Diarrhea

  • Diagnosis
  • Algorithms
  • Background
  • Lab Tests
  • References
  • Related Topics
  • Videos

Indications for Testing

  • Symptoms
    • Persistent or chronic diarrhea
    • Bloody diarrhea
    • Diarrhea in association with systemic illness
  • Patient history
    • Immunocompromised status
    • Returned traveler
    • Hospitalized patient
  • Outbreak identification

Laboratory Testing

  • Differential Diagnosis

    Diarrhea may be infectious or noninfectious and presents with acute (<14 days) or persistent (>14 days) symptoms. Community-acquired disease is most common. Viruses (norovirus predominates) are the most common cause of acute infectious diarrhea in community dwellers. Bacterial diarrhea represents only 1-5% of diarrhea cases and is often associated with clustering of cases or outbreaks. Clostridium difficile cases, while often nosocomially acquired, are increasing in community dwellers. Parasites are an infrequent or rare cause of acute diarrhea and tend to be sporadic in nature except in at-risk populations (eg, returned travelers, immunocompromised individuals).

    Epidemiology

    Risk Factors

    • Immunocompromised status
      • HIV,  primary immunodeficiency
        • Most common organisms include viruses, C. difficile, Campylobacter jejuniSalmonella spp, E. coli, Giardia, Cryptosporidium spp, and microsporidia
      • Transplantation (solid organ and stem cell)
        • Usually noninfectious
        • Infectious diarrhea most commonly caused by viruses (norovirus predominates), C. difficile, and microsporidia
    • Advanced age (>65 years)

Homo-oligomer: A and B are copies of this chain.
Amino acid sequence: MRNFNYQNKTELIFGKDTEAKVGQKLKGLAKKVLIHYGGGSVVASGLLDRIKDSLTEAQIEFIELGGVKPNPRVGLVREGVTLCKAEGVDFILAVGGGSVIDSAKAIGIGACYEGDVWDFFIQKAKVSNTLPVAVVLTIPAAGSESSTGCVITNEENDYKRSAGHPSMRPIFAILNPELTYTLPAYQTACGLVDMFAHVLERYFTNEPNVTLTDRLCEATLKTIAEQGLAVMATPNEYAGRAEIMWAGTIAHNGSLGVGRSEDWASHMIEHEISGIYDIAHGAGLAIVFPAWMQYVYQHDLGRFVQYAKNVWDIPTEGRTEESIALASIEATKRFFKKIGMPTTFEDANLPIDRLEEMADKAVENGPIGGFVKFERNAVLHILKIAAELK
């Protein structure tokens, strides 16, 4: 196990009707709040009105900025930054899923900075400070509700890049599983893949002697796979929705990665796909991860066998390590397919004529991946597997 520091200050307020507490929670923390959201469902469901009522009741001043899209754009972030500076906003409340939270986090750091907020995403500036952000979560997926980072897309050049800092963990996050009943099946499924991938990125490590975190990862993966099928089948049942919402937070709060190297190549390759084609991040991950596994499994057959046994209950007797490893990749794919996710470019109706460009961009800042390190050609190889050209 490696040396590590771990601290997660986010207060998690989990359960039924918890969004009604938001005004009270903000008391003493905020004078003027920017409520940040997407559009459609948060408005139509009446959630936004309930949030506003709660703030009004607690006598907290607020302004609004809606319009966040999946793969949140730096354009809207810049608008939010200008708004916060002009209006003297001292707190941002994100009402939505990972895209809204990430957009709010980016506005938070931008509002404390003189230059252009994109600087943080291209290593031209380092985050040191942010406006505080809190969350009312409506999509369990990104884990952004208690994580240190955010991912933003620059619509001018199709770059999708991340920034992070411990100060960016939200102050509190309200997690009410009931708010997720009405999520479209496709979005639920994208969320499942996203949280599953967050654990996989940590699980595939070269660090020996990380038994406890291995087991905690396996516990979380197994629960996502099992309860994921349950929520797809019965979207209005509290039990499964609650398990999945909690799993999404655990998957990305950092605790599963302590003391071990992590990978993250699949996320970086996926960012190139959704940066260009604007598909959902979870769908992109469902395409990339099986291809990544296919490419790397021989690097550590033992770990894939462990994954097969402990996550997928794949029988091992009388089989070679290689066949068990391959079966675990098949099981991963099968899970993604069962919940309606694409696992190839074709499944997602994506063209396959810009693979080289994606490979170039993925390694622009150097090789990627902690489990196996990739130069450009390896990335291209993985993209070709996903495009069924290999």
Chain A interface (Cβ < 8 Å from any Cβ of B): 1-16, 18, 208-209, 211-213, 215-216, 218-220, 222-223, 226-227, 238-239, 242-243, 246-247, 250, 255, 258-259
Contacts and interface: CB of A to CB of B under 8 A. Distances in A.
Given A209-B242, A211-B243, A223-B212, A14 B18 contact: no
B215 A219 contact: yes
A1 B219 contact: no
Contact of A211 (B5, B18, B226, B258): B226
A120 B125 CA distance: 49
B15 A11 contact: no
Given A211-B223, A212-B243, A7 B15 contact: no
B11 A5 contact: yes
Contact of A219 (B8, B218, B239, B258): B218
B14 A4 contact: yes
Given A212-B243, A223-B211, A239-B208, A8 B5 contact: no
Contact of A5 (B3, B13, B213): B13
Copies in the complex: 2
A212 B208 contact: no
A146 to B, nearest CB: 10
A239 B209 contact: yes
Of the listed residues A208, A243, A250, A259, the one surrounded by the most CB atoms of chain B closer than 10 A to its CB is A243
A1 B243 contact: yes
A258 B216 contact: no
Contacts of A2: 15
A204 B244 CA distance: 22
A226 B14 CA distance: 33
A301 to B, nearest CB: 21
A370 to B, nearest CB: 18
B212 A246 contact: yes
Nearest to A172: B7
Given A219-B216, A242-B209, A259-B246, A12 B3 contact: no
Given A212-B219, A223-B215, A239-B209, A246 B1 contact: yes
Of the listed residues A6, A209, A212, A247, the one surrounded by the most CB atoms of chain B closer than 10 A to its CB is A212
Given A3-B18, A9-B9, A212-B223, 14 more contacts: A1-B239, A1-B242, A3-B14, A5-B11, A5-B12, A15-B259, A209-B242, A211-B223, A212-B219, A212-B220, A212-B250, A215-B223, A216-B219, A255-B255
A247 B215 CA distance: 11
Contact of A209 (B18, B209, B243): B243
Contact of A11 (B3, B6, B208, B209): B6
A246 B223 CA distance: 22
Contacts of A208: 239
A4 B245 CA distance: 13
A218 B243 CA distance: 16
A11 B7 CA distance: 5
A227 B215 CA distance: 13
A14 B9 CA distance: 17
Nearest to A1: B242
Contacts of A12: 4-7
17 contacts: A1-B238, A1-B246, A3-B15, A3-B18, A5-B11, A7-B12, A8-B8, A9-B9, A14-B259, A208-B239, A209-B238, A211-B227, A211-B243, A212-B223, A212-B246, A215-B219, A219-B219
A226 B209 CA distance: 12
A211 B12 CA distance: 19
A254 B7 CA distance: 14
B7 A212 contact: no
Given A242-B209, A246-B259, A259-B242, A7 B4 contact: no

• Salmonella spp and Shigella spp may require treatment, so identification is important
    • Comorbid illnesses (eg, chronic heartliver, or kidney disease; diabetes mellitus)
      • Increased risk of complications (eg, sepsis)
    • Institutional residency
      • Norovirus
    • Daycare setting
      • Norovirus
      • Giardia
      • Cryptosporidium spp
      • Salmonella spp

    Clinical Presentation

    • Community acquired
      • Acute diarrhea (acute gastroenteritis)
        • Duration – 1-14 days
        • Transmission – foodborne, waterborne, or outbreak associated
        • Most commonly caused by viruses and occasionally bacteria
      • Persistent diarrhea
        • Duration – >14 days, often longer
        • Often noninfectious
        • Testing for parasites may be considered
        • Persistent diarrhea may lead to malabsorption following an infectious diarrhea
    • Hospital acquired
      • Presentation may be similar to community-acquired disease
      • Most commonly caused by viruses
      • Rule out bacterial agent C. difficile if patient history is correct

    Organisms Associated with Diarrhea (CDC, 2014)

    Tests generally appear in the order most useful for common clinical situations. Click on number for test-specific information in the ARUP Laboratory Test Directory.

    Gastrointestinal Viral Panel by PCR 2013577
    Method: Qualitative Polymerase Chain Reaction

    Norovirus Group 1 and 2 by PCR 0051281
    Method: Qualitative Reverse Transcription Polymerase Chain Reaction

    Limitations 

    Negative result does not rule out the presence of PCR inhibitors in the patient specimen or test-specific nucleic acid concentrations below the level of detection by this test

    Rotavirus Antigen by EIA 0065088
    Method: Qualitative Enzyme Immunoassay

    Rotavirus and Adenovirus 40-41 Antigens 0065067
    Method: Qualitative Enzyme Immunoassay

    Adenovirus 40-41 Antigens by EIA 0065066
    Method: Qualitative Enzyme Immunoassay

    Stool Culture and E. coli Shiga-like Toxin by EIA 0060134
    Method: Culture/Identification

    Limitations 

    If an isolate requires testing for Shiga-like toxin (eg, STEC), refer to E. coli Shiga-like toxin by EIA

    Gastrointestinal Bacterial Panel by PCR 2012678
    Method: Qualitative Polymerase Chain Reaction

    Limitations